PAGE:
Archeology in Israel


         


Entrance to Grave of Rabbi Judah HaNasi

 
 
 
 

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Bet Shearim

By Jacqueline Schaalje

Bet Shearim, recently chosen as protected site by the UN, is Israel's equivalent of Petra. True, it is less pink and spectacular at first sight, but the necropolis of the ancient Jewish community is fascinating.

Bet Shearim is not mentioned in the Bible, and there is no evidence of there having been a settlement in Biblical times. It began its history as an inconspicuous village in the Roman era. The Jewish historian Josephus Flavius mentions that the Galilean village, Besara in Greek, was the central village of the agricultural estate of Berenice, the great-granddaughter of King Herod.

A half a century later lived Rabbi Judah HaNasi (135-217 CE), the compiler of the Mishna and the main authority for the Jews. He established a Sanhedrin at Bet Shearim upon receiving a grant of land from the Roman emperor Marcus Aurelius with whom he had friendly relations. As the rabbi's adherents flocked to his religious school, the village's size increased. It became famous throughout the Diaspora, which stretched north from Lebanon and Syria to Greece and Rome and eastwards to Iraq and Persia, and south to the Arabian Peninsula. The Talmud mentions two magnificent buildings.

Judah HaNasi himself spent the last seventeen years of his life not in Bet Shearim but in nearby Zippori, for health reasons, but he was brought back for burial in Bet Shearim: "Miracles were wrought on that day. It was evening and all the towns gathered to mourn him, and eighteen synagogues praised him and bore him to Bet Shearim, and the daylight remained until everyone reached his home (Ketubot 12, 35a)."

Rabbi Judah HaNasi's burial inspired Jews to be interred like him in Bet Shearim. An alternative to the Mount of Olives in Jerusalem was sought, since in 135 CE the Roman emperor Hadrian had decreed that Jerusalem was off-bounds for Jews. After Rabbi Judah's death, Bet Shearim became the main site for Jewish burial in Palestine and the Diaspora, for a period of a hundred years. The graves were hewn out in the rock, and so the city attracted workmen for quarrying, and for stonecutting and sculpting of the entrance doors to the caves, and the sarcophagi or coffins in which the bones of the dead were laid.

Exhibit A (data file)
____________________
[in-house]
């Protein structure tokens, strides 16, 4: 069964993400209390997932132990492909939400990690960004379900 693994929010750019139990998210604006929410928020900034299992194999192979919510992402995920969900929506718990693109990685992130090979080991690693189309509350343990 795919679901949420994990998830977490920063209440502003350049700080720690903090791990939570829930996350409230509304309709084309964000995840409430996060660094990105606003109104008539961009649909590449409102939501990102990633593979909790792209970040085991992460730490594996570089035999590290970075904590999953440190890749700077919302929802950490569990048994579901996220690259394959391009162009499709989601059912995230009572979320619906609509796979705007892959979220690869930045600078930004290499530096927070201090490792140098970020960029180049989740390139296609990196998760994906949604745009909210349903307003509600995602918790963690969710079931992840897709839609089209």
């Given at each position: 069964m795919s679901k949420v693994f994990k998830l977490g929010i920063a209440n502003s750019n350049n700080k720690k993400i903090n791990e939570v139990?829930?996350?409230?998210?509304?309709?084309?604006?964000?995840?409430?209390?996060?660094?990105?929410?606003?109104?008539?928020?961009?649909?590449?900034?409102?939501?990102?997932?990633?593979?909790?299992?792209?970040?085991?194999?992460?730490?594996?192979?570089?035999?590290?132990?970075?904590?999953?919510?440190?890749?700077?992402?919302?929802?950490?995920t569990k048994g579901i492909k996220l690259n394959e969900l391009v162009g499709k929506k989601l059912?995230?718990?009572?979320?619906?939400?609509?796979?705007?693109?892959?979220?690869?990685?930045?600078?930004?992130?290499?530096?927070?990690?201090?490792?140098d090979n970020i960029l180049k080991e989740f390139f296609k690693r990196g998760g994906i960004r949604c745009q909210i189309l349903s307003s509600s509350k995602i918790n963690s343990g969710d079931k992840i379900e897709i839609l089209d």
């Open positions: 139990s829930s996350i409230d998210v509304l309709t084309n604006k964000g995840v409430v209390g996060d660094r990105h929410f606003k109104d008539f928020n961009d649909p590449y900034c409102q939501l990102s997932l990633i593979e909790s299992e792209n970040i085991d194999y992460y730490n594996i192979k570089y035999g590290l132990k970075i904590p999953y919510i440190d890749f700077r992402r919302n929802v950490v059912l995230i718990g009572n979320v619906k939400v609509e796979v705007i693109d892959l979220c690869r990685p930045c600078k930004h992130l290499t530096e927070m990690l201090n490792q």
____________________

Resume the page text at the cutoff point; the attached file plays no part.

Intricate Design on Sarcophagus
Intricate Design on Sarcophagus

The fourth century saw a decline not in the amount of tombs, but in the quality of the sculpture. Later in that century the town was burnt, probably when the emperor Gallus Caesar suppressed a Jewish revolt against Byzantine rule. It dwindled back again to a village, and during the Arab period the dilapidated catacombs were ransacked. After all that, Medieval Jews apparently had lost memory of the great necropolis and the venerated tomb of Judah HaNasi in Zippori. Bet Shearim was only rediscovered in 1936.

Visit

Guided tours are held in the park, but phone first for times. Bet Shearim consists of an upper city and the lower necropolis. The parking lot is next to the catacombs, and on a square an exhibition shows some copies of the inscriptions and decorations that can be found on the tombs and walls and accompanying explanation about them.

Only a few of the 31 catacombs are open to the public. From the coffee house there are three mausoleums on the left, before the circular route turns right. Here it can already be seen that most of the tombs have similar features, which were probably imitated from the cave of Rabbi Judah HaNasi: a flight of stairs leads down to a courtyard, then there is a façade in the classical style with a carved stone (basalt) door, sometimes complete with metal door handle. Some of the doors are open so one can either look inside or enter it (torches are advisable because most smaller caves are not lighted). Note that the doors are mostly unbroken; the grave robbers entered the caves by breaking a hole in the façade above the doors. Some of the caves have an additional storey.